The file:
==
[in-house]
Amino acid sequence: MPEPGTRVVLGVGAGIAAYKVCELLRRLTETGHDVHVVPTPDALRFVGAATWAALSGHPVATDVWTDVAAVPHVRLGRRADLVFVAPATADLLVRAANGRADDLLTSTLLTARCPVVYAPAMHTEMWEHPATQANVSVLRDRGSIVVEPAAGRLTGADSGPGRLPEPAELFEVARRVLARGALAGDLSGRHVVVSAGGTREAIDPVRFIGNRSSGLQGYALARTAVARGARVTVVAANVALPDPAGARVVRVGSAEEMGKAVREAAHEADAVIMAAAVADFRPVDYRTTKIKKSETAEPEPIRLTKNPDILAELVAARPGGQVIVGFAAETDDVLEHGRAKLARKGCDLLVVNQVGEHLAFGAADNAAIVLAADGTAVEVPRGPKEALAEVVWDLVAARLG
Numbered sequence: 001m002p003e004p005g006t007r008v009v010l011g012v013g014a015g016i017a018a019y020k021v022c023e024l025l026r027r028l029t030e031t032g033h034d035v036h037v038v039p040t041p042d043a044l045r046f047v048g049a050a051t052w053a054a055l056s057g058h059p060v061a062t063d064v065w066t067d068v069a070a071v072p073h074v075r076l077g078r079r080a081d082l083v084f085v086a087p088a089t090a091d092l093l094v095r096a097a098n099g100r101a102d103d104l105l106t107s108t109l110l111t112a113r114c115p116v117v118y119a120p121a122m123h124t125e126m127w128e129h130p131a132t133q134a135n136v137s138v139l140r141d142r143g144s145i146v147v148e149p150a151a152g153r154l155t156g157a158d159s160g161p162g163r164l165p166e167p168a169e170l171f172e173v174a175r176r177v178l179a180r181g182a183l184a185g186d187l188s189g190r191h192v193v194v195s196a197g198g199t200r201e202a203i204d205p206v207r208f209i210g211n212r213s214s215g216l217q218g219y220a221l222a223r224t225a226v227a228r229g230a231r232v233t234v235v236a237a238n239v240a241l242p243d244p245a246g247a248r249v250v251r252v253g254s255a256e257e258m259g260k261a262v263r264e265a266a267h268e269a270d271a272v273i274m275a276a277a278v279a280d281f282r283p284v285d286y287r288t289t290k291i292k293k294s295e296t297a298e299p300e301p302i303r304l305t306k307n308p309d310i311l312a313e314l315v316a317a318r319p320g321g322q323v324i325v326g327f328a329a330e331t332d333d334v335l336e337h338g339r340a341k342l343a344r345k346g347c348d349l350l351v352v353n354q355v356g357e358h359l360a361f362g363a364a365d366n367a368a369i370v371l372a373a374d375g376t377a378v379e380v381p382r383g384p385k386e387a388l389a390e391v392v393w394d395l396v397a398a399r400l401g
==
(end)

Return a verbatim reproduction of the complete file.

[in-house]
Amino acid sequence: MPEPGTRVVLGVGAGIAAYKVCELLRRLTETGHDVHVVPTPDALRFVGAATWAALSGHPVATDVWTDVAAVPHVRLGRRADLVFVAPATADLLVRAANGRADDLLTSTLLTARCPVVYAPAMHTEMWEHPATQANVSVLRDRGSIVVEPAAGRLTGADSGPGRLPEPAELFEVARRVLARGALAGDLSGRHVVVSAGGTREAIDPVRFIGNRSSGLQGYALARTAVARGARVTVVAANVALPDPAGARVVRVGSAEEMGKAVREAAHEADAVIMAAAVADFRPVDYRTTKIKKSETAEPEPIRLTKNPDILAELVAARPGGQVIVGFAAETDDVLEHGRAKLARKGCDLLVVNQVGEHLAFGAADNAAIVLAADGTAVEVPRGPKEALAEVVWDLVAARLG
Numbered sequence: 001m002p003e004p005g006t007r008v009v010l011g012v013g014a015g016i017a018a019y020k021v022c023e024l025l026r027r028l029t030e031t032g033h034d035v036h037v038v039p040t041p042d043a044l045r046f047v048g049a050a051t052w053a054a055l056s057g058h059p060v061a062t063d064v065w066t067d068v069a070a071v072p073h074v075r076l077g078r079r080a081d082l083v084f085v086a087p088a089t090a091d092l093l094v095r096a097a098n099g100r101a102d103d104l105l106t107s108t109l110l111t112a113r114c115p116v117v118y119a120p121a122m123h124t125e126m127w128e129h130p131a132t133q134a135n136v137s138v139l140r141d142r143g144s145i146v147v148e149p150a151a152g153r154l155t156g157a158d159s160g161p162g163r164l165p166e167p168a169e170l171f172e173v174a175r176r177v178l179a180r181g182a183l184a185g186d187l188s189g190r191h192v193v194v195s196a197g198g199t200r201e202a203i204d205p206v207r208f209i210g211n212r213s214s215g216l217q218g219y220a221l222a223r224t225a226v227a228r229g230a231r232v233t234v235v236a237a238n239v240a241l242p243d244p245a246g247a248r249v250v251r252v253g254s255a256e257e258m259g260k261a262v263r264e265a266a267h268e269a270d271a272v273i274m275a276a277a278v279a280d281f282r283p284v285d286y287r288t289t290k291i292k293k294s295e296t297a298e299p300e301p302i303r304l305t306k307n308p309d310i311l312a313e314l315v316a317a318r319p320g321g322q323v324i325v326g327f328a329a330e331t332d333d334v335l336e337h338g339r340a341k342l343a344r345k346g347c348d349l350l351v352v353n354q355v356g357e358h359l360a361f362g363a364a365d366n367a368a369i370v371l372a373a374d375g376t377a378v379e380v381p382r383g384p385k386e387a388l389a390e391v392v393w394d395l396v397a398a399r400l401g